Warming Up

In early 2000, the dawn of the new millennium, I left my husband of six and a half years. The first thing I did upon regaining my freedom was to take a trip. I’d been wanting to travel for many years, but there was always some excuse why we couldn’t go. Released from my ball and chain, now was my chance. I cashed in my credit card air miles accumulated through the ex’s excesses and was off to Costa Rica.

Getting off the plane in San Jose, the warm tropical air hit my skin and I felt my body relax. I replaced my shoes and socks with sandals, stretched out my perpetually cold toes and let the warm air caress them. I hopped a bus to the Pacific coast, where I lay in the hot sun letting the warmth enter my core. It was, after all, about 20 degrees below freezing where I’d just come from!

After a while of heating up in the sun, I needed to cool off in the Pacific Ocean. In I went, enjoying the cool, salty water. I stood up in the shallows to turn and look back at the beach, when all of a sudden I was being swallowed up by a large wave, thrown on the sea floor and grabbed and whipped around in a wave once again. The waves passed and I stood up disoriented, not sure which side was up and slowly made my way back to my towel on the beach. “Wow!” was my first thought, “that was powerful! Now I get why people surf. I think I’d like to learn to harness that power.” For the rest of my trip I watched people surfing. I was in awe of these people who could walk on water.

I vowed to return to Costa Rica and a short two months later was back once again, this time with a goal – I would learn how to surf. I had no idea what a monumental task I had set for myself. I did my best and hung out with other beginners, but I was in over my head. Two weeks of trying and I was not much closer to becoming a real surfer. I was stunned. Never in my life had I had such difficulty learning a sport. Rather than let the challenge I was faced with dampen my spirits, however, it hardened my resolve. I decided I had to move to Costa Rica and become a surfer no matter how long it took.

But first I had to go back to Canada where I had a job and was working on my Masters thesis.

Back in Canada, I immersed myself in all things surfing. And I began to study Spanish. A plan evolved. I decided I would finish my thesis and get my degree. I would save some money and make it last via a diet of coconuts, rice and beans and the kindness of strangers. I figured I would live on the beach, do yoga and surf. In my fantasy, one day someone would happen along who either needed a housesitter or had a job for a biologist looking to get into conservation. It all sounded perfectly sane to me.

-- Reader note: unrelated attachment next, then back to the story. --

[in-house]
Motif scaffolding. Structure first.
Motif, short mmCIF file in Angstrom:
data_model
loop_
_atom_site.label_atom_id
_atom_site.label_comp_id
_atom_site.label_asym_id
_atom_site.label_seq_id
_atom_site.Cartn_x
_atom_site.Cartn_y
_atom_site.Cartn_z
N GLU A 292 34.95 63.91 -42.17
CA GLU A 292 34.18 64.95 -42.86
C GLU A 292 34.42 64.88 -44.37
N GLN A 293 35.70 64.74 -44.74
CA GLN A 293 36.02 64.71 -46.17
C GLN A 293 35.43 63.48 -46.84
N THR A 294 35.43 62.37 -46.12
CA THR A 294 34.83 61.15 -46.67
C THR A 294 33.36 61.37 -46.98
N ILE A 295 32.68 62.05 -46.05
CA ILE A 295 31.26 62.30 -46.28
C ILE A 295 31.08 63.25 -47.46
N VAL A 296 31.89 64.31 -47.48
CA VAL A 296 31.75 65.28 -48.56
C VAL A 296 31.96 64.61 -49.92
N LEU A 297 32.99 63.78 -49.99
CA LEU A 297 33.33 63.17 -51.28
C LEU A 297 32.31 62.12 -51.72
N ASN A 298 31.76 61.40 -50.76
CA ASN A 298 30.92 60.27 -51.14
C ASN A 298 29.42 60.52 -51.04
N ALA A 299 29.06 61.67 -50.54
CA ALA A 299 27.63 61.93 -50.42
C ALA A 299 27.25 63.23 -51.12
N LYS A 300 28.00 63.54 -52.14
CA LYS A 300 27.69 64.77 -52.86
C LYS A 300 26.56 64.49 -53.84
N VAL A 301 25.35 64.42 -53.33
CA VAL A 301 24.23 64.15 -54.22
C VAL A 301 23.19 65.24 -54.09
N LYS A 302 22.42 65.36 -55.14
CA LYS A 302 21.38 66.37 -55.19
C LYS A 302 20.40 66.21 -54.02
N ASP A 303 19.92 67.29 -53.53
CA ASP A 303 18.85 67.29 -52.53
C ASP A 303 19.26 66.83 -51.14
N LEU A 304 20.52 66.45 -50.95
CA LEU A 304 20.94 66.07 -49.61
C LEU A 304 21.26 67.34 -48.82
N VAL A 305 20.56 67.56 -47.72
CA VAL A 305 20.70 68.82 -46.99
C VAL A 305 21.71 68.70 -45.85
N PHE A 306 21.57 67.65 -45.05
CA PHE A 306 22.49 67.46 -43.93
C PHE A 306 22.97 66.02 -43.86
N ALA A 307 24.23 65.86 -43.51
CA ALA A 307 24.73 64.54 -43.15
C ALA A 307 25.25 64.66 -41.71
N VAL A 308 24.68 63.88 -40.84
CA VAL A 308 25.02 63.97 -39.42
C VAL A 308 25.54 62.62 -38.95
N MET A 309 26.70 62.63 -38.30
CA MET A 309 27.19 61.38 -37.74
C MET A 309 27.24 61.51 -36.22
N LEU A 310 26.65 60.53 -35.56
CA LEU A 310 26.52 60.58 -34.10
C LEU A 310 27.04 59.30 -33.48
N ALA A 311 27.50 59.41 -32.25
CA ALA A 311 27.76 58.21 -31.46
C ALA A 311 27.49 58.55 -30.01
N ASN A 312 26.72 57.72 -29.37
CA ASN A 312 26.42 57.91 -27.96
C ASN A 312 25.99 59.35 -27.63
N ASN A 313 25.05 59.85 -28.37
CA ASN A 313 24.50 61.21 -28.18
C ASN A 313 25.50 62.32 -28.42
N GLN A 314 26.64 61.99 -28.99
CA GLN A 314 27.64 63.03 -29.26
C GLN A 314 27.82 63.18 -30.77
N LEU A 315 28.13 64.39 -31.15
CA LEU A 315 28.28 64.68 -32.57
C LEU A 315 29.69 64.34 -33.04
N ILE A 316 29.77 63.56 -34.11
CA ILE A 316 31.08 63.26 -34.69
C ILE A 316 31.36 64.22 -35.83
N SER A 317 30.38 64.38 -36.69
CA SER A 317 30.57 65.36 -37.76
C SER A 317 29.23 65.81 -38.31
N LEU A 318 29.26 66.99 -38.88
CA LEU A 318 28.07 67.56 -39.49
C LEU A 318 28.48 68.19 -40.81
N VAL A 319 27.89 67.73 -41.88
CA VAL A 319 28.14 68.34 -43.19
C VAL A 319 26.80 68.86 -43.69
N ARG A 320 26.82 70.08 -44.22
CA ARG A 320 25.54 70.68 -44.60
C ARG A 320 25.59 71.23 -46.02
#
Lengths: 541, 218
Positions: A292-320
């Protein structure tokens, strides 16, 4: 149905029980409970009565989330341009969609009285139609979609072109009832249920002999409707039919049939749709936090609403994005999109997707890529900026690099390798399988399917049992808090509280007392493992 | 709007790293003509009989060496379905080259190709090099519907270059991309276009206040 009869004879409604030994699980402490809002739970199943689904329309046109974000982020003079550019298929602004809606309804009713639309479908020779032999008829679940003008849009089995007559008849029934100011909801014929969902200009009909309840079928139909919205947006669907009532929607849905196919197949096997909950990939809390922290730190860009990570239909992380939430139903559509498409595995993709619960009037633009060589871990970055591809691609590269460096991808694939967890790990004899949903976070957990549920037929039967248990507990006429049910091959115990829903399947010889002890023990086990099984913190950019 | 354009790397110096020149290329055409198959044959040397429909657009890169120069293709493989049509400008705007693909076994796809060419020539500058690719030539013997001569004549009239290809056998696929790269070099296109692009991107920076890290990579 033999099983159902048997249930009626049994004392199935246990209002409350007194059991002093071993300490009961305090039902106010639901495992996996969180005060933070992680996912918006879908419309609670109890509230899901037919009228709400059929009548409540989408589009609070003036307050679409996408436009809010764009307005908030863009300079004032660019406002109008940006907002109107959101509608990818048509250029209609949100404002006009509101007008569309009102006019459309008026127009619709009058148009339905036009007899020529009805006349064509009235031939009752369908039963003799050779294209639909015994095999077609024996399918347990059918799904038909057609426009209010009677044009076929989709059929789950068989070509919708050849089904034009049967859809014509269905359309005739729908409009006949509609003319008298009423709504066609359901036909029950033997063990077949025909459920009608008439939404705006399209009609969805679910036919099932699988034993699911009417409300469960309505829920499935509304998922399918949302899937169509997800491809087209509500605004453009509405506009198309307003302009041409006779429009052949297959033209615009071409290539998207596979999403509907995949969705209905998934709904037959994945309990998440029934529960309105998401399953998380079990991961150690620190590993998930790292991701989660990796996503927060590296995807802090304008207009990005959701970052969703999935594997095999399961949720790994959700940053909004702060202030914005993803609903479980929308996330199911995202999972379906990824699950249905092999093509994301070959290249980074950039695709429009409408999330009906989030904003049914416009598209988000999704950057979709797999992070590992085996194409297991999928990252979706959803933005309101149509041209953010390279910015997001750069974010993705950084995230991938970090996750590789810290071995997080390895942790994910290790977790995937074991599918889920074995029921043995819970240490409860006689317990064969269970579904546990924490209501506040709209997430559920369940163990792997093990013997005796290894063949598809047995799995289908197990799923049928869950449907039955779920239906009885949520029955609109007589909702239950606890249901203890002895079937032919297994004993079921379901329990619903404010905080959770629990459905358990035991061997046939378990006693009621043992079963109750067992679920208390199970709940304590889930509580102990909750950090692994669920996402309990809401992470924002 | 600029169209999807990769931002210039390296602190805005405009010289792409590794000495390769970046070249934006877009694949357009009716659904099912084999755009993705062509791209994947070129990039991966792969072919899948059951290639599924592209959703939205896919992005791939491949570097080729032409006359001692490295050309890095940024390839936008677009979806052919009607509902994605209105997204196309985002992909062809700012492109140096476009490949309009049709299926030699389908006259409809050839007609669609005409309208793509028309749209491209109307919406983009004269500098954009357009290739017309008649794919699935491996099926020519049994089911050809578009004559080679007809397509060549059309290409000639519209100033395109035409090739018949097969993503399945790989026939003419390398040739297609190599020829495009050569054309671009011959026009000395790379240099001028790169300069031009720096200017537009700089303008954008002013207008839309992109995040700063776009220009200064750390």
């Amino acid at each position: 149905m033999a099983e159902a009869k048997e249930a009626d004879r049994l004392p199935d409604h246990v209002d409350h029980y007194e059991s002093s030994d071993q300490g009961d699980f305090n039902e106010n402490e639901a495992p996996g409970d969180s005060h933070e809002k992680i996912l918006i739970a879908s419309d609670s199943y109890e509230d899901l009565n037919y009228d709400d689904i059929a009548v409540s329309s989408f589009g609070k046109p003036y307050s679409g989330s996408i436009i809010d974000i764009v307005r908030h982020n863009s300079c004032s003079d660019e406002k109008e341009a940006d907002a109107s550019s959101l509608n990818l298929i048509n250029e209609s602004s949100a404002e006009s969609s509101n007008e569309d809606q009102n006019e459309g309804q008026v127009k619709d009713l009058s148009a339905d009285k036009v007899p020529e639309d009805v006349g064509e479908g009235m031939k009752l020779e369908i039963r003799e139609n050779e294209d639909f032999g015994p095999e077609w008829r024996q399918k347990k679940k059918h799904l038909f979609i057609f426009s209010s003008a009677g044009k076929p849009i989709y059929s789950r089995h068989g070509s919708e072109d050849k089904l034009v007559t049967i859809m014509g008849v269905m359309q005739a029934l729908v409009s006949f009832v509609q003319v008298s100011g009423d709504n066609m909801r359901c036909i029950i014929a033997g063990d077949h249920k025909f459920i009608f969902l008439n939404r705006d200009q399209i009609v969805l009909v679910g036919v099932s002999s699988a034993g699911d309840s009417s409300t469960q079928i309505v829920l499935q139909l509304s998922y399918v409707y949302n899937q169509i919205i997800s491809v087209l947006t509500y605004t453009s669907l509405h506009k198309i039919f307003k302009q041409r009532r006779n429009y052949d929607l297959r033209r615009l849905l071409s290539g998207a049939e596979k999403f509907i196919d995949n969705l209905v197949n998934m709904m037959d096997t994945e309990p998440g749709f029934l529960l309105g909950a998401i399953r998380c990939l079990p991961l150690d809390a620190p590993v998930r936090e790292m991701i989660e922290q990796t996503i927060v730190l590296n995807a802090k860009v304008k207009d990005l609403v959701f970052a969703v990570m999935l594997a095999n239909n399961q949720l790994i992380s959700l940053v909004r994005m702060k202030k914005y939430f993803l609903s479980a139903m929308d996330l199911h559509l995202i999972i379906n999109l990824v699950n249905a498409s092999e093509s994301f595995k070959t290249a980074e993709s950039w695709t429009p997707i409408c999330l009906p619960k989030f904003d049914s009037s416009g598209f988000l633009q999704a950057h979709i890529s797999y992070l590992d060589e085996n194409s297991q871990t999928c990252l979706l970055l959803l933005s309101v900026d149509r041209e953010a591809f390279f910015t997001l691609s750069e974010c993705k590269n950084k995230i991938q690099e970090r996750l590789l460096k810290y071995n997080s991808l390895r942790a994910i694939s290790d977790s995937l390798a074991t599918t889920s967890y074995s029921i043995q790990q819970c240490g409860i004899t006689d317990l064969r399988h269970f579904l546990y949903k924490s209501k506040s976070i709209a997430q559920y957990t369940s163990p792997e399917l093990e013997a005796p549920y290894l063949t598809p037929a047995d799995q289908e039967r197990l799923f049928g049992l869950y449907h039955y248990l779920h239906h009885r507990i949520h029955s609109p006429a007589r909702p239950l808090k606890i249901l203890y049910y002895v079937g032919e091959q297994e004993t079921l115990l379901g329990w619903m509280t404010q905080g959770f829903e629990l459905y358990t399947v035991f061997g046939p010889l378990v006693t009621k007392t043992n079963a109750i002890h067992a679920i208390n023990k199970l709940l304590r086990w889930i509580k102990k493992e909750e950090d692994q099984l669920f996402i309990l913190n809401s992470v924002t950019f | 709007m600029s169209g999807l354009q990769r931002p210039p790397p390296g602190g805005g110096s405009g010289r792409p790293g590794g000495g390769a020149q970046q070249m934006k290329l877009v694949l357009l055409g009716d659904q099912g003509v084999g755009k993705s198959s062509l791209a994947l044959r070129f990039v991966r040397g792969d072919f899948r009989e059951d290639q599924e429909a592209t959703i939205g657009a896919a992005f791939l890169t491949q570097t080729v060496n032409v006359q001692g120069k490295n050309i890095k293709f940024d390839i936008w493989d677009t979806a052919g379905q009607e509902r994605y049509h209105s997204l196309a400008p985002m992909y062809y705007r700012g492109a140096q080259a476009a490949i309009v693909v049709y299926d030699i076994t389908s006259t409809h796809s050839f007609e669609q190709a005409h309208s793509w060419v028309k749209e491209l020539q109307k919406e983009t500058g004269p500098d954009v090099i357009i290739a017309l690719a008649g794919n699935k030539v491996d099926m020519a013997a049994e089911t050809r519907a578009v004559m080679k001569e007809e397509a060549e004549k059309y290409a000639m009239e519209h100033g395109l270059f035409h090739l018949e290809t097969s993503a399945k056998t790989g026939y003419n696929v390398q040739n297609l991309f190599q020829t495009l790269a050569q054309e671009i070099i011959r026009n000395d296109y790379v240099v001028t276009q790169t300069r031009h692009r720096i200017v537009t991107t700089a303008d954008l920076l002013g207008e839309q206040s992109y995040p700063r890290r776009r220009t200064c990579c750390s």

One day several months and several pages of my thesis later, one of my sisters and I decided to travel somewhere together before I disappeared to Costa Rica. But where? We agreed we both wanted to get our SCUBA diving certification and I said it would be nice to go somewhere I could work on my Spanish. A travel magazine that had been on the floor next to my bed for months popped into my field of vision. On the cover it said “Hidden Treasures” and inside I found an article about a jewel of a place called Cabo Pulmo, Mexico located on the shores of a national marine park and with a dive shop where the owner was involved in grassroots conservation. Bingo!

In Cabo Pulmo we were excited to start our dive course with Pepe the conservationist. When he got wind that I was a biologist and planning a move to Costa Rica, he said, in his excellent English “Dawn, why do you go to Costa Rica? There are already many volunteers and conservationists there. Why do you not come here where we need people like you so badly?” Good question, I thought.

I returned to Canada with an amended plan. I would move to Cabo Pulmo, Mexico where I would work as the director of research in Pepe’s non-profit conservation organization (and learn to surf in the uncrowded waves just south along the coast).

Seven months later, thesis in hand and pickup truck overloaded, I was on my way.

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